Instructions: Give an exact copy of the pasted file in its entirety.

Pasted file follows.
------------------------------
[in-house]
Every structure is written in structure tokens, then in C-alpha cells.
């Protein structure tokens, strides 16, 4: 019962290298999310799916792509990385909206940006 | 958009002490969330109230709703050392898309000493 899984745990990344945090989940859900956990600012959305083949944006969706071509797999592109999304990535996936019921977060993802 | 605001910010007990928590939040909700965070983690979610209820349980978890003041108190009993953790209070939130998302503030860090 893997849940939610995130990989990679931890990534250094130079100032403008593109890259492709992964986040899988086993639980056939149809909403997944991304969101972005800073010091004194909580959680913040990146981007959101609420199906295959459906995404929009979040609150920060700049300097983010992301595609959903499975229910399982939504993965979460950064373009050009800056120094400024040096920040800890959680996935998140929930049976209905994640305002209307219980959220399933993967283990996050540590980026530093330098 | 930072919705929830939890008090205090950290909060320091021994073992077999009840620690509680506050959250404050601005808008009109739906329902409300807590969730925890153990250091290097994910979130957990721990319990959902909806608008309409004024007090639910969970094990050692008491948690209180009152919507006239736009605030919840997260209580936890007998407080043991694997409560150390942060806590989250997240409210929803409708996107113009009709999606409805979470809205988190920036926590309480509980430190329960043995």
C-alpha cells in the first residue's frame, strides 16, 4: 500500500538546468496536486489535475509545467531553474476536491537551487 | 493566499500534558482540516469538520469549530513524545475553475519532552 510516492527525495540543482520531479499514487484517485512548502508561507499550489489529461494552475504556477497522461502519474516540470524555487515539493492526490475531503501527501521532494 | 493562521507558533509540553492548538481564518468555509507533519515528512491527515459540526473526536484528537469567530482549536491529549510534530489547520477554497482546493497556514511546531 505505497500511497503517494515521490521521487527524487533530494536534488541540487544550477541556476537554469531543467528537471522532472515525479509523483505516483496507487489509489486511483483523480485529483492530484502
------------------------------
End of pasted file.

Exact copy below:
[in-house]
Every structure is written in structure tokens, then in C-alpha cells.
């Protein structure tokens, strides 16, 4: 019962290298999310799916792509990385909206940006 | 958009002490969330109230709703050392898309000493 899984745990990344945090989940859900956990600012959305083949944006969706071509797999592109999304990535996936019921977060993802 | 605001910010007990928590939040909700965070983690979610209820349980978890003041108190009993953790209070939130998302503030860090 893997849940939610995130990989990679931890990534250094130079100032403008593109890259492709992964986040899988086993639980056939149809909403997944991304969101972005800073010091004194909580959680913040990146981007959101609420199906295959459906995404929009979040609150920060700049300097983010992301595609959903499975229910399982939504993965979460950064373009050009800056120094400024040096920040800890959680996935998140929930049976209905994640305002209307219980959220399933993967283990996050540590980026530093330098 | 930072919705929830939890008090205090950290909060320091021994073992077999009840620690509680506050959250404050601005808008009109739906329902409300807590969730925890153990250091290097994910979130957990721990319990959902909806608008309409004024007090639910969970094990050692008491948690209180009152919507006239736009605030919840997260209580936890007998407080043991694997409560150390942060806590989250997240409210929803409708996107113009009709999606409805979470809205988190920036926590309480509980430190329960043995």
C-alpha cells in the first residue's frame, strides 16, 4: 500500500538546468496536486489535475509545467531553474476536491537551487 | 493566499500534558482540516469538520469549530513524545475553475519532552 510516492527525495540543482520531479499514487484517485512548502508561507499550489489529461494552475504556477497522461502519474516540470524555487515539493492526490475531503501527501521532494 | 493562521507558533509540553492548538481564518468555509507533519515528512491527515459540526473526536484528537469567530482549536491529549510534530489547520477554497482546493497556514511546531 505505497500511497503517494515521490521521487527524487533530494536534488541540487544550477541556476537554469531543467528537471522532472515525479509523483505516483496507487489509489486511483483523480485529483492530484502